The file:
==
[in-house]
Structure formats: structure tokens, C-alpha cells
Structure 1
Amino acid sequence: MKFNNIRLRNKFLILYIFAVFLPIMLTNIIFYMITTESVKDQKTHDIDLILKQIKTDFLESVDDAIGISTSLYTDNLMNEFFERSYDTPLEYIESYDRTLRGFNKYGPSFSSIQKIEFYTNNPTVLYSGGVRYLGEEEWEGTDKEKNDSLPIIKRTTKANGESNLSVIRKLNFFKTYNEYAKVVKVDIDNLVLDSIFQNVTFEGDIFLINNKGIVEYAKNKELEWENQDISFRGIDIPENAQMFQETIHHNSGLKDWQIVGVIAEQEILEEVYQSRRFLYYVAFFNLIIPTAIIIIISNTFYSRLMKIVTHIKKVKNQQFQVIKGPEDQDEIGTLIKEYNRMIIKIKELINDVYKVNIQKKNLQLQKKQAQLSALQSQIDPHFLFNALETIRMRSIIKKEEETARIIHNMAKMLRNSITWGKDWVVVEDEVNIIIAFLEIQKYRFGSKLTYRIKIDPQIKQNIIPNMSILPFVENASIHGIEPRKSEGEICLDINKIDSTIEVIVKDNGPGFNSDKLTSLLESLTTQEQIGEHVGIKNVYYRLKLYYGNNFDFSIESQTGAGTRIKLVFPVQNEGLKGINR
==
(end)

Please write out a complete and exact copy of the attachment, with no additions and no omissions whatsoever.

[in-house]
Structure formats: structure tokens, C-alpha cells
Structure 1
Amino acid sequence: MKFNNIRLRNKFLILYIFAVFLPIMLTNIIFYMITTESVKDQKTHDIDLILKQIKTDFLESVDDAIGISTSLYTDNLMNEFFERSYDTPLEYIESYDRTLRGFNKYGPSFSSIQKIEFYTNNPTVLYSGGVRYLGEEEWEGTDKEKNDSLPIIKRTTKANGESNLSVIRKLNFFKTYNEYAKVVKVDIDNLVLDSIFQNVTFEGDIFLINNKGIVEYAKNKELEWENQDISFRGIDIPENAQMFQETIHHNSGLKDWQIVGVIAEQEILEEVYQSRRFLYYVAFFNLIIPTAIIIIISNTFYSRLMKIVTHIKKVKNQQFQVIKGPEDQDEIGTLIKEYNRMIIKIKELINDVYKVNIQKKNLQLQKKQAQLSALQSQIDPHFLFNALETIRMRSIIKKEEETARIIHNMAKMLRNSITWGKDWVVVEDEVNIIIAFLEIQKYRFGSKLTYRIKIDPQIKQNIIPNMSILPFVENASIHGIEPRKSEGEICLDINKIDSTIEVIVKDNGPGFNSDKLTSLLESLTTQEQIGEHVGIKNVYYRLKLYYGNNFDFSIESQTGAGTRIKLVFPVQNEGLKGINR